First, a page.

Entering Miraflores from the Web Cam ahead of “Berkay N”.
Nice and tight shot of the three of us rafted. For our line handler it had been an easy trip. The next lock would change that! (3 steps to the Pacific and the middle one is a doozy).
Miraflores Visitors center. You can see all the folks watching the ships (and sailboats) come and go. The Web Cam is on the pole in the upper right off the building. Our advisor called ahead to make sure the camera was aimed at us – cool!
MULES! in waiting. We were in just ahead of our Panamax friend – Cap Ines. He had 8 mules connected and you wouldn’t want to put anything like a part of your body between Cap Ines and the sides of the canal. It’s that tight!
“Cap Ines” is YUUGE (as it is now popularly written). Look at the perspective of this vessel next to the guys on the dock.
We had some time while waiting for “Berkay N” so we hammed a bit for the WebCam while waiting.
Mike and Beth. Beth took more photos than I did and Mike ran the GoPro which made a cool time lapse video of the entire trip. I hope to post it soon!!!!
Chill time before the last two locks.
As we entered the second step of three, Advisor Roy said that due to the salt/fresh water mix in this part of the canal, we could expect a strong current from astern. This causes loss of steerageway and the micro excitement began! At first, I could handle it by literally backing the raft up. Paddy remained calm to port. (I wouldn’t have been!). Then a line handler not to be named, failed to tighten a stern line and we almost had a fiberglass sandwich with “Kristiane” threatening to be scraped off the wall. Believe me, you don’t want to touch that wall while moving in a piece of plastic. Our line handler Eric, quickly put a big fender between Kristiana and the wall averting disaster. And we were only 1000 feet from the end of the trip!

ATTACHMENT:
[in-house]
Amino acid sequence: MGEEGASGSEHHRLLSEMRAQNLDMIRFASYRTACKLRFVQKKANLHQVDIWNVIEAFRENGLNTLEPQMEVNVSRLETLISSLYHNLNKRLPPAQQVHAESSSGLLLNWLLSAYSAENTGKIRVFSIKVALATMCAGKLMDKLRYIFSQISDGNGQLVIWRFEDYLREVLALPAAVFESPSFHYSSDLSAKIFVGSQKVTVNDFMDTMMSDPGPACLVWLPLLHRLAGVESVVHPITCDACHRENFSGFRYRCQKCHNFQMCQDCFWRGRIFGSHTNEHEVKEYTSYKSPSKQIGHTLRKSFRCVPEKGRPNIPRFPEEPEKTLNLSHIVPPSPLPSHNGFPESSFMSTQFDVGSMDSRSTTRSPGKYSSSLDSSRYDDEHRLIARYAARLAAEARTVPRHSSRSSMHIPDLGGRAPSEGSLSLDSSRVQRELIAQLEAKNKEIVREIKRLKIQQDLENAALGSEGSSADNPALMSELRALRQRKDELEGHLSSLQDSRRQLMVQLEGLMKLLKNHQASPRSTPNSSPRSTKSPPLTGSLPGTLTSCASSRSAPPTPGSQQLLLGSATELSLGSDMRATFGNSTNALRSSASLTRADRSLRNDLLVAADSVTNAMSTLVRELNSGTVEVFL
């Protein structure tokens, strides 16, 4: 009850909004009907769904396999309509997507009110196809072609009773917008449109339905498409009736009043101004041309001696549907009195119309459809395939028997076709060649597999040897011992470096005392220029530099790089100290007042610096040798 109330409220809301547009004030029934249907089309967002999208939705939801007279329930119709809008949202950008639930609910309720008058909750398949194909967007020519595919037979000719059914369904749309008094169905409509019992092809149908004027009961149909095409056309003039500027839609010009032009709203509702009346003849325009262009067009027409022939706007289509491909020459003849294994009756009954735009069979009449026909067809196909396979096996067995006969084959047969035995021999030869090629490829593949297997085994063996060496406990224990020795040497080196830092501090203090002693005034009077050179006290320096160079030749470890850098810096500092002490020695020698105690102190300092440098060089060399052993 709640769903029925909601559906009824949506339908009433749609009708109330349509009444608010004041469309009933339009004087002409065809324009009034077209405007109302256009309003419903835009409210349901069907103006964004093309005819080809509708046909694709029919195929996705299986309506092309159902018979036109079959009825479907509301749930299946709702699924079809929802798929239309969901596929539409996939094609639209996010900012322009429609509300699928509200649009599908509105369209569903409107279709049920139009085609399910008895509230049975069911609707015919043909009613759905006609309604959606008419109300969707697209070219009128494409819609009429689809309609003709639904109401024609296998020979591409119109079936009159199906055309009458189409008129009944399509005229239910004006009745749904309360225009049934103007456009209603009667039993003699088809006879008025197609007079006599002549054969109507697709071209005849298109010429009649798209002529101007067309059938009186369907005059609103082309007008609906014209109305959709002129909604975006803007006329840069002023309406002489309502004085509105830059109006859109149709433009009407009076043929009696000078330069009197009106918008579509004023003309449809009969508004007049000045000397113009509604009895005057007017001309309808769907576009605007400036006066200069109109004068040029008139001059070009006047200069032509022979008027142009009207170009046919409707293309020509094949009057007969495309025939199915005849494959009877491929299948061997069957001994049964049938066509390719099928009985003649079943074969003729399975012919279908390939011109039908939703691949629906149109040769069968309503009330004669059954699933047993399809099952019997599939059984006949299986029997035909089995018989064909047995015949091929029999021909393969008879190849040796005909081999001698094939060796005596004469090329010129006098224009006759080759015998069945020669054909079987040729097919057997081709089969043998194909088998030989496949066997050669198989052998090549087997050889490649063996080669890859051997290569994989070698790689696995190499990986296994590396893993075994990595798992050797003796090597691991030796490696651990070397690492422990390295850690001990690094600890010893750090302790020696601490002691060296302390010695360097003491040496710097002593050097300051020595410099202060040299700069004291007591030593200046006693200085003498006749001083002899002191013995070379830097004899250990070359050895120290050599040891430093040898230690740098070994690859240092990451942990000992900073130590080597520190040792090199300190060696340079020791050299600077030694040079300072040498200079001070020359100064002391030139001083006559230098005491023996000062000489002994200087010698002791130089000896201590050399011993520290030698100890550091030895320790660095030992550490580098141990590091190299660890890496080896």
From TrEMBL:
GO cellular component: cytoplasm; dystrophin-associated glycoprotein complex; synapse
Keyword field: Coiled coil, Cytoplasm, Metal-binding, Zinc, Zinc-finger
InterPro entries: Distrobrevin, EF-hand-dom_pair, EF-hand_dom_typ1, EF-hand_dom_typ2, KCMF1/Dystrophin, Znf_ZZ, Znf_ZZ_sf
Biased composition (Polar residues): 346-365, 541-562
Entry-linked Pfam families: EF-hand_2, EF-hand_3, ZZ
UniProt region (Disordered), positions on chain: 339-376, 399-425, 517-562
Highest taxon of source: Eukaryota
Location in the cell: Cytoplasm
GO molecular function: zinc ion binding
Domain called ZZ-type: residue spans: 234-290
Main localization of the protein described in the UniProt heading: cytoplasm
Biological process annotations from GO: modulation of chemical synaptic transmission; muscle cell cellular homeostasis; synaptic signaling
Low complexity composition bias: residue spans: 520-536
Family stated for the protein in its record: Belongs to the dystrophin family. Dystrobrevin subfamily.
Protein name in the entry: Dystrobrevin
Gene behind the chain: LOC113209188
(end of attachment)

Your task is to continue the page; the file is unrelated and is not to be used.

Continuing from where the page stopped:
Webcam from outside the locks caught us entering the Pacific. The first time Beach House has been here in four years.
Our view: This is the last step down and much calmer than the one before it. Beach House returns to the Pacific Ocean. This lock is the highest at 50 feet. The reason is that there can be 28 foot tides on the Pacific side. These are the biggest tides we’ve seen anywhere in the world. In Australia, we had 18 foot tides in Mackay and Darwin.
Passing the “Bridge of the America’s” into Balboa with Panama City off to our left. The traffic flows 24/7/365 at the Panama Canal.
This dredge is non stop. It continuously makes sure that minimum depth is assured for the big ships. Free Wheel heads toward the anchorage.
Beth documented the trip extremely well.
Goodbye Roy!
The pilot boats themselves are almost as big as we are. Here Roy gets to go home every night and await the next small boats. He told us a story that he actually went on a French 18 footer once. They ran out of gas in Lake Gatun as the “skipper” was told he only needed 5 gallons for the 55 mile trip!…
Our agent, whose name was also Roy, came to collect our rented lines and fenders as well as Eric who he hires out as a line handler. Eric and Roy (our agent) were great and we’d use them again in a minute.
Frank Gehry designed this “Bio Diversity” Museum that is on the Amador corridor adjacent to the canal in Balboa. The hill you see is called “Ancon” and is the highest point in Panama City. Great view and named for the first official vessel to transit the canal i 1914.
A celebratory bottle of Verve Cliquot was shared for our successful transit and return to the Pacific Ocean.
Sunrise at the anchorage at La Playita. This anchorage is not really as nice as the photo. The water is dirty,, the tides are extreme and the constant ship traffic causes more than a few crash and bangs. The boat in the photo is “Alcyane”, a fellow California Yacht Club member from Marina del Rey.